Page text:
Odio più fiero in vel d' amor celato;
Con quest' arte trattar vo' sua ruina. »

Così dell' uom parlò il nemico chiuso Nel serpe, ospite reo! e drizzò sua via Verso Eva : non con onde sinuose Prono sul suol, qual poi, ma sú sua coda , Che gira base di salenti spire Surte spira su spira, ondante invoglio! Cresta alta in capo .avea , carbonchio agli occhi ; Brunito il collo di verde oro e eretto Tra sue giranti spire che sull'erba Fluttuante allargan: bella avea la forma Ed amabil; nè fu giammai poi serpe Più amabile; né quei in che nell' Illirico Furo mutati Ermione e Cadmo, o il nume D'Epidauro ; nè quello in cui nascoso Giove Ammone apparì, o Capitolino, Quegli ad Olimpia, questi a lei che a luce Die' Scipio onor di Roma. A tratti obliqui In pria, qual chi vuole appressar ma teme Turbar, passando rasentolle il fianco.

As when a ship, by skilful steersman wrought
Nigh river's mouth or foreland, where the wind
Veers of:, as oft so steers, and shists her sail:
So varied he, and of his tortuous train
Curl'd many a wanton wreath in sight of Eve,
To lure her eye.

She, busied, heard the sound
Of rustling leaves, but minded not, as us'd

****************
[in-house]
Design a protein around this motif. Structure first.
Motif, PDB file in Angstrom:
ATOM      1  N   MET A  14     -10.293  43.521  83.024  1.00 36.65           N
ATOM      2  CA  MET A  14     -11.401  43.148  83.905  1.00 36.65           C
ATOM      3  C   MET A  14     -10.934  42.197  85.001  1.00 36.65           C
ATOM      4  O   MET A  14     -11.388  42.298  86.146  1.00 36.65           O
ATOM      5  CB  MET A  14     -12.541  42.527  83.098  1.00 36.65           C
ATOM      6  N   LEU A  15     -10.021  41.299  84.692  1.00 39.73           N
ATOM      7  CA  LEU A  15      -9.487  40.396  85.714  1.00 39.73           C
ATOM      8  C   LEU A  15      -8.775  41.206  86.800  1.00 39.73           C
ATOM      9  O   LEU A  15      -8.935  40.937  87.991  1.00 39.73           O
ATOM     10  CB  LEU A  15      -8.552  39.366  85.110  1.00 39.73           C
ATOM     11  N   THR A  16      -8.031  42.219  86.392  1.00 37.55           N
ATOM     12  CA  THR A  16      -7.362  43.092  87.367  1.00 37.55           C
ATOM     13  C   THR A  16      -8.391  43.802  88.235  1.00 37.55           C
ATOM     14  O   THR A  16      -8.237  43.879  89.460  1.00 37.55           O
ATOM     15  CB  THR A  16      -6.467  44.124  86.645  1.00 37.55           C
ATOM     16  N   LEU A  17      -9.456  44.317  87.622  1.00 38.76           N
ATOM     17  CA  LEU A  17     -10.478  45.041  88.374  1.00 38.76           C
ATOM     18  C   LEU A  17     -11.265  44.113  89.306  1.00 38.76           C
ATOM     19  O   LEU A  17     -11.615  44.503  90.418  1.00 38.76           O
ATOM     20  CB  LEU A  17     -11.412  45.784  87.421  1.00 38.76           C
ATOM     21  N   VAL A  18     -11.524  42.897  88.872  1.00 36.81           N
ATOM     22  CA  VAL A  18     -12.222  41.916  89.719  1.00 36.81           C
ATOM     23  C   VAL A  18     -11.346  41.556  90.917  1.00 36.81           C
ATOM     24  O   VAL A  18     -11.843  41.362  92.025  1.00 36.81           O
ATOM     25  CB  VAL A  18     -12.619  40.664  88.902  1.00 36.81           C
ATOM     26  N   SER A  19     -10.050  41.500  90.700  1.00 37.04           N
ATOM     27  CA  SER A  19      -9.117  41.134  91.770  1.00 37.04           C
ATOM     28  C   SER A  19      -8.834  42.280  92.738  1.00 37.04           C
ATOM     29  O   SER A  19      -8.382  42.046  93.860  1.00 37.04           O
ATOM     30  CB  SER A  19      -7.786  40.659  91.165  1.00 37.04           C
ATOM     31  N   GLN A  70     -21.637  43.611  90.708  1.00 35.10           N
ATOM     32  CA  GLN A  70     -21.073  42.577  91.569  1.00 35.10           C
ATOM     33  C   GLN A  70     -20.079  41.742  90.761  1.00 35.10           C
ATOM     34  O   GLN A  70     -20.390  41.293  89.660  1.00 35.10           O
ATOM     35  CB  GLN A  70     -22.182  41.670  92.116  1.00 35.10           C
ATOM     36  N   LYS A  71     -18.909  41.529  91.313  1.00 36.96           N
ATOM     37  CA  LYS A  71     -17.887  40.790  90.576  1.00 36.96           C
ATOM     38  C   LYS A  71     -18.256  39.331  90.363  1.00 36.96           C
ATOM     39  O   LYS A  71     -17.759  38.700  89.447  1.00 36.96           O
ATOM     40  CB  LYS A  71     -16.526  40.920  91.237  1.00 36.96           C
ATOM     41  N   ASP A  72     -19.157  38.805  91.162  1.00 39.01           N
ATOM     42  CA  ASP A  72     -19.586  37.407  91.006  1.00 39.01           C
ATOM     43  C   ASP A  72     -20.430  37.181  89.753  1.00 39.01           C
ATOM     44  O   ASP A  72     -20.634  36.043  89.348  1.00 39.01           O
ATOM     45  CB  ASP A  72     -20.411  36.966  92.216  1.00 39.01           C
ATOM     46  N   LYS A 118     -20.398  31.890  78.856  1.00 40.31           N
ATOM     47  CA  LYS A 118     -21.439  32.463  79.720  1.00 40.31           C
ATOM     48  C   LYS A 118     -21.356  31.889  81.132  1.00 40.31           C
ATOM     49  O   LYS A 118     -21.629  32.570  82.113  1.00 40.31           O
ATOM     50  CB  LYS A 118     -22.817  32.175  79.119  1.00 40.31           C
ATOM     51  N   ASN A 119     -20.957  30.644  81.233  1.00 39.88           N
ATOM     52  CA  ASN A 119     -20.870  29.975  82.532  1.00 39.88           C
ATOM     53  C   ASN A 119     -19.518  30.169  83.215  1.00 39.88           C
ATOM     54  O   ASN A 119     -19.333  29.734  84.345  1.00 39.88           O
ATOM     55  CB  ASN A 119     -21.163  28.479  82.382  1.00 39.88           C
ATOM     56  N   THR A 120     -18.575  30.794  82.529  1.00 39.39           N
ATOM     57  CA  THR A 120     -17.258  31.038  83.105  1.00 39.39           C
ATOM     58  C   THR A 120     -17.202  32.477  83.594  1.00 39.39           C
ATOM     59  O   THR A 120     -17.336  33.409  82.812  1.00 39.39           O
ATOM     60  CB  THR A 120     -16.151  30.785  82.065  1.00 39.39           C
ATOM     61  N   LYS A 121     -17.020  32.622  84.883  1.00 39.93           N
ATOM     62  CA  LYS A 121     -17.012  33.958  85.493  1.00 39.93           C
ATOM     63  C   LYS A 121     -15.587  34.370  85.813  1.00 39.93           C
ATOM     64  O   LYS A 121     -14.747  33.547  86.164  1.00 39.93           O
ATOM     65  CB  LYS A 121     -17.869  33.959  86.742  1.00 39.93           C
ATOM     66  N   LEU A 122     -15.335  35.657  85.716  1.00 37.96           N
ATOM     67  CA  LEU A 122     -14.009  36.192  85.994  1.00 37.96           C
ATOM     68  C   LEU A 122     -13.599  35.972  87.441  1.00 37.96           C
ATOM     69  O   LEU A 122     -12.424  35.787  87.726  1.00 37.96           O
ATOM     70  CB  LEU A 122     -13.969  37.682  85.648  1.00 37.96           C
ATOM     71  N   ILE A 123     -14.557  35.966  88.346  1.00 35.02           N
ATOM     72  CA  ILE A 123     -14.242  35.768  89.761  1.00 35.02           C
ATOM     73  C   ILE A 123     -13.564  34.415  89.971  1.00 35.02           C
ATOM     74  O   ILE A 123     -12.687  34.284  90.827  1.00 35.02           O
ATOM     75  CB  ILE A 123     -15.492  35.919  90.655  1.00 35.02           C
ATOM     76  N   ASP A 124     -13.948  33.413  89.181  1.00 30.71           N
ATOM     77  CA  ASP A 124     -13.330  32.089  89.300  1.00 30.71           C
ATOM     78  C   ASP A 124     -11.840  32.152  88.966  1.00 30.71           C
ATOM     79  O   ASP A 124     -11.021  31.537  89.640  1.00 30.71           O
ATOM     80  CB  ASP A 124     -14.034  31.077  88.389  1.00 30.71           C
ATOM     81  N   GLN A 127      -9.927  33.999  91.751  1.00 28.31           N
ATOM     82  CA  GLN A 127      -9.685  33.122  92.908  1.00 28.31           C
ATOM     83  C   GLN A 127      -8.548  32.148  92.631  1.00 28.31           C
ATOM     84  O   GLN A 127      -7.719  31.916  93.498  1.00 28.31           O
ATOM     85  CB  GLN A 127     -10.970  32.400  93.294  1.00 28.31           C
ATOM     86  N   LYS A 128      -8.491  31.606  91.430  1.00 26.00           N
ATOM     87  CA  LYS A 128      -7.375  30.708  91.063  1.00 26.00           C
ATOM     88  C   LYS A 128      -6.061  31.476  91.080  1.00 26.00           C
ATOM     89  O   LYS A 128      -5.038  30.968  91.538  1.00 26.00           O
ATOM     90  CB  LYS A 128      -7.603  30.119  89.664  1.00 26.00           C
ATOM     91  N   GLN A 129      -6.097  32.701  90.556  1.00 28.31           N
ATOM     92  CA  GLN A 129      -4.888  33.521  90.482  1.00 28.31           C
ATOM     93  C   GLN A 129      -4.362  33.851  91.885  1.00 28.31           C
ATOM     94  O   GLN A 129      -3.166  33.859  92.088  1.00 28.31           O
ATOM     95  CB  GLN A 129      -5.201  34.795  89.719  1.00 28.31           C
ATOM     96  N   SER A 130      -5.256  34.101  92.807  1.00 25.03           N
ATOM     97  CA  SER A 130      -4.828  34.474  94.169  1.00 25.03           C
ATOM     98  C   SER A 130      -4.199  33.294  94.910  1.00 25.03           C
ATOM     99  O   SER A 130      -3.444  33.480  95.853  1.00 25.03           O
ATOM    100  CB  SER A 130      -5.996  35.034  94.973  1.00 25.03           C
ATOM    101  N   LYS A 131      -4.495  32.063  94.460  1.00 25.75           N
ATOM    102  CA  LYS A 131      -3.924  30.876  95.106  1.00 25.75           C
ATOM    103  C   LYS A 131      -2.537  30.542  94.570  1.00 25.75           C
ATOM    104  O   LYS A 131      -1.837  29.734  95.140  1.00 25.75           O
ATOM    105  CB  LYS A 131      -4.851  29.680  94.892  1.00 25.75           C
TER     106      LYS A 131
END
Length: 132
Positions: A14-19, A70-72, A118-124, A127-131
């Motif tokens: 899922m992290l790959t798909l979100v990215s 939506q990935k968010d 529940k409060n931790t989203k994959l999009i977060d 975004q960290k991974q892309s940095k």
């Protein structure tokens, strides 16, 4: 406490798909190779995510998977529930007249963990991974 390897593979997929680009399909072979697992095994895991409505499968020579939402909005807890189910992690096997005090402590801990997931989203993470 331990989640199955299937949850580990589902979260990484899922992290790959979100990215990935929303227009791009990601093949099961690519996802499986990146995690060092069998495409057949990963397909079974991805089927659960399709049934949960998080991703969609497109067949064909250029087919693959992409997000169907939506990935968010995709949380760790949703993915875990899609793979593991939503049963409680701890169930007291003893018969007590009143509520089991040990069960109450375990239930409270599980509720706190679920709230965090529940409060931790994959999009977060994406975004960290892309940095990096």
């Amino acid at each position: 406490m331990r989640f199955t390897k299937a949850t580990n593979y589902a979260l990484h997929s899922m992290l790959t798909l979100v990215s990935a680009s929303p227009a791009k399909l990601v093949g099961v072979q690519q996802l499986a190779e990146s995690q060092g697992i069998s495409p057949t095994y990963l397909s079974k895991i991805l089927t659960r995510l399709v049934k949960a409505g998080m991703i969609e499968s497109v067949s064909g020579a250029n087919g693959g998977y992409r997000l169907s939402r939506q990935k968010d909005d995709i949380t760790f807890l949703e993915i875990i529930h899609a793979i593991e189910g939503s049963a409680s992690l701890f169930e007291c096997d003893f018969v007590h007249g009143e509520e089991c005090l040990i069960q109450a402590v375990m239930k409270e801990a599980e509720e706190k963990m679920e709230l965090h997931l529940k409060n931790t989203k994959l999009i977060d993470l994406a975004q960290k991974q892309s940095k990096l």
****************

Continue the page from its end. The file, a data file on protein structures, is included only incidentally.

To such disport before her through the field ,
From every beast; more duteous at her call,
Than at Circean call the herd disguis'd.
He, bolder now, uncall'd before her stood,
But as in gaze admiring: oft he bow'd
His turret crest, and sleek enameld neck,
Fawning, and lick'd the ground whereon she trod.
His gentle dumb expression turn'd at length
The eye of Eve, to mark his play; he, glad
Or her attention gain'd, with serpent-tongue
Organic, or impulse of vocal air,
His fraudulent temptation thus began :

« Wonder not, sovran mistress, if perhaps Thou can'st, who art sole wonder! much less arm Thy looks, the heaven of mildness, with disdain ; Displeas'd that I approach thee thus, and gaze Insatiate, I thus single, not have fear'd Thy awful brow, more awful thus retir'd. Fairest resemblance of thy Maker fair, Thee all things living gaze on, all things thine By gist, and thy celestial beauty' adore With ravishment beheld! there best beheld, Where universally admir'd; but here In this enclosure wild , these beasts among,